The future of successful medicine will rely on patients and caregivers being more engaged in their own therapy.  That is not rhetorical, it is fact.  For this to happen, the future is going to rely on mobile computing.
For this to work, from an informational standpoint (messaging, data capture, tracking, reporting), there will be little to no compliance if a patient has to carry around a bag of devices.  Many of these ‘tools’ are going to have to be in the form of software (web or application based) accessible from as few devices as necessary to tote around.   Think about today’s diabetic teenager carrying around a glucose meter, a pump and their cell phone.  Some companies have taken the step to integrate (or facilitate communication between) the meter and the pump and in fact, connect them as one and consolidate reporting from the device(s); a great step forward.  But here is the key compliance question:  When a device on his or her body buzzes or chimes, what do you think he reaches for first? That’s right, the cell phone.  What’s the logical next step to successful engagement with this patient?  Three devices with disparate function and reporting turned into two devices with consolidated function and reporting becoming one device with near time reporting employing the Smartphone for communication and analysis acting as one.
As you can see from my example, Smartphones should offer a solution for better management of healthcare costs for chronic conditions.  The way to manage the costs of caring for these patients is to enable them to self-manage their health. For that to happen, it must be reasonable and easy and fit the right tool (aka device used) to the patient.  By example
  • Smartphones make it easy for patients to track important health information
  • Smartphones make the technology convenient
  • They are mobile; patients can use them at any time or any place.
  • If apps are written to support it, they can alert and/or capture data even if no network infrastructure is in place.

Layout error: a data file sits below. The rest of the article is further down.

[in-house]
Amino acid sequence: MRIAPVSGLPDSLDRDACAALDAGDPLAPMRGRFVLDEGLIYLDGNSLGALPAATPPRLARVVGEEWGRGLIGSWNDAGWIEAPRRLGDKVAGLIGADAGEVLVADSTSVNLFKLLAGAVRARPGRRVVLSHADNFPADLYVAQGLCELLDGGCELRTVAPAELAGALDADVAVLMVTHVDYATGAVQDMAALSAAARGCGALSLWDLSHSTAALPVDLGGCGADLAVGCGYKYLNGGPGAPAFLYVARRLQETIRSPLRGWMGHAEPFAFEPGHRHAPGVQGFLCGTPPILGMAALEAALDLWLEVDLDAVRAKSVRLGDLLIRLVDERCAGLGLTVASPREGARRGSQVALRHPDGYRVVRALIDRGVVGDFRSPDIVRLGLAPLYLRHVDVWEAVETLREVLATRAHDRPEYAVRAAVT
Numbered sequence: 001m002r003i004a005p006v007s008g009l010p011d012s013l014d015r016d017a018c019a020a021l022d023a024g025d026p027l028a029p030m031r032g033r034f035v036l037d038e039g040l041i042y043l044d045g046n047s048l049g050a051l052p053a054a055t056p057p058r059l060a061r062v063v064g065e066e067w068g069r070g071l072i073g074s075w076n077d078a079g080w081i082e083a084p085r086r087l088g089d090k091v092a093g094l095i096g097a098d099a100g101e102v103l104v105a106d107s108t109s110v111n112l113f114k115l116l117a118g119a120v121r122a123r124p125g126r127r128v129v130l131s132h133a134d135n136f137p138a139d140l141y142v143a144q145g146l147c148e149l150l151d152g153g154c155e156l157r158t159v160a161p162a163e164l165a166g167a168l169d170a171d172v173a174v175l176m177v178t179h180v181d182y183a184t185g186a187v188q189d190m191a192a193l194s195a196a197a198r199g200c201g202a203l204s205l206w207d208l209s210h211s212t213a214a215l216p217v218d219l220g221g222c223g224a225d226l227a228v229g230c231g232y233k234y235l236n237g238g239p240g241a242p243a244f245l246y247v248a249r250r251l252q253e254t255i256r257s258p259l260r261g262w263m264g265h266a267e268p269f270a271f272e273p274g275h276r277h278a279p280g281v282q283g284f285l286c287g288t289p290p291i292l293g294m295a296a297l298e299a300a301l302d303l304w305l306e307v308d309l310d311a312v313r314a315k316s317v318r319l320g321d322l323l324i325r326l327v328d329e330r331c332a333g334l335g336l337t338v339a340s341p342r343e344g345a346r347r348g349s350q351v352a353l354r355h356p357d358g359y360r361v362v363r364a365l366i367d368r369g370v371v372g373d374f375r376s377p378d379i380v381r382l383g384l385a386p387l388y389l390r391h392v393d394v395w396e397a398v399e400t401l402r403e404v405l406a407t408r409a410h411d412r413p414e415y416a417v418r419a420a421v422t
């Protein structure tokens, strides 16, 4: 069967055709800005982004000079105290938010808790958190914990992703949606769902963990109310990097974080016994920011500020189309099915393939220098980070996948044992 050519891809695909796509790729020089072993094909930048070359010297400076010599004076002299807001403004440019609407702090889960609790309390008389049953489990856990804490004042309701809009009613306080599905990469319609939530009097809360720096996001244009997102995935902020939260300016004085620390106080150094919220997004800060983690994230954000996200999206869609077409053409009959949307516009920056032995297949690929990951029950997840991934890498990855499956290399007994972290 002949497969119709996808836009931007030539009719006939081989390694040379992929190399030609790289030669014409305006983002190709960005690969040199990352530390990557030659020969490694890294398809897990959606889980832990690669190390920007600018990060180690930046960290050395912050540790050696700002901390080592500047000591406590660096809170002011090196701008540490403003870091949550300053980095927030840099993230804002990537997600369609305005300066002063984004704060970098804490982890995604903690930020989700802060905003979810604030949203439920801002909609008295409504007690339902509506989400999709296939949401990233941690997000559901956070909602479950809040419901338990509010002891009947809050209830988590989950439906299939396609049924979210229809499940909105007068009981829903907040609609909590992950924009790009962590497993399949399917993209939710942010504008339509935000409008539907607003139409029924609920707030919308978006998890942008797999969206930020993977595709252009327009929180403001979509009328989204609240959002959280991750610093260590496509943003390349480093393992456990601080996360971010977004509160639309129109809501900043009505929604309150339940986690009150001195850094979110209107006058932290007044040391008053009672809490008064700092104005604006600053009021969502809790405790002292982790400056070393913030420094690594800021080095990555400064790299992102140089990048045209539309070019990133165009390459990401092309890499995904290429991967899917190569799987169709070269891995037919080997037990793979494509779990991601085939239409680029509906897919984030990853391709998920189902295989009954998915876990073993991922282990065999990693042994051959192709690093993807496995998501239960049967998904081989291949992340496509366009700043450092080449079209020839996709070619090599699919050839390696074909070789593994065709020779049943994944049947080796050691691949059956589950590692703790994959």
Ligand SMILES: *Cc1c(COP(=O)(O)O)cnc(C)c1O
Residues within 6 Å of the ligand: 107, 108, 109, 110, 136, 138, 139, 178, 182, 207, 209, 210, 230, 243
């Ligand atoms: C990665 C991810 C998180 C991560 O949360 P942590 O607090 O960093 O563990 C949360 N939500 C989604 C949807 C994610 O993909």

• When connectivity is restored, Smartphones make it seamless for patients to share health information with their providers, caregivers and others within their care network.
  • Finally, Smartphones used by the individual are selected by the individual.  That is the first step of engagement – a self-selected fit to their personality if you will.
Also, because there are so many mobile phones, Smartphones, etc. out there, it makes sense to extend into this diverse installed base for the benefit of the patient.  Forcing patients to change their provider or equipment is not cost effective or realistic, a fact that has already shown itself in the corporate environment where personal use of Smartphones has driven Enterprise to find ways to accommodate their employee’s facility for increased productivity for the same reasons it will in the case of patient care.  While adapting the technology is feasible for patients, providers, labs and hospitals – the potential costs to develop and go for approval on all of the platforms for the many potential uses of the empowered patient may have the downside of limiting the community of possible developers to the biggest companies with the biggest budgets.  These choices we make regarding regulation and process may, in effect, sideline the creative ideas of startups and small companies.  How realistic is it to test every version of each device in use with every potential device?  I think we have figured at least some of this out with diabetes as an example, each meter is not tested with every computer running every operating system; just the platforms themselves to be sure connectivity worked.  We need to consider this as we decide where the FDA and FCC belong when considering the evolution of mobile and its use in the space.
I think who the user is is another issue we have to consider as well and will go into this further in a later blog.

A few related links:

Smartphone apps make healthcare splash

The Future of Connected Health, Chapter 1

Health industry wants 'clarity' on m-health regulation (recently tweeted)

And a final note:

As I was reading various articles in preparing my thoughts on this, I came across something that tells me that mobile in healthcare is on the right track.  It’s from Stanford’s Dr. BJ Fogg: To change behaviors we need to “Put hot triggers in the path of motivated people.”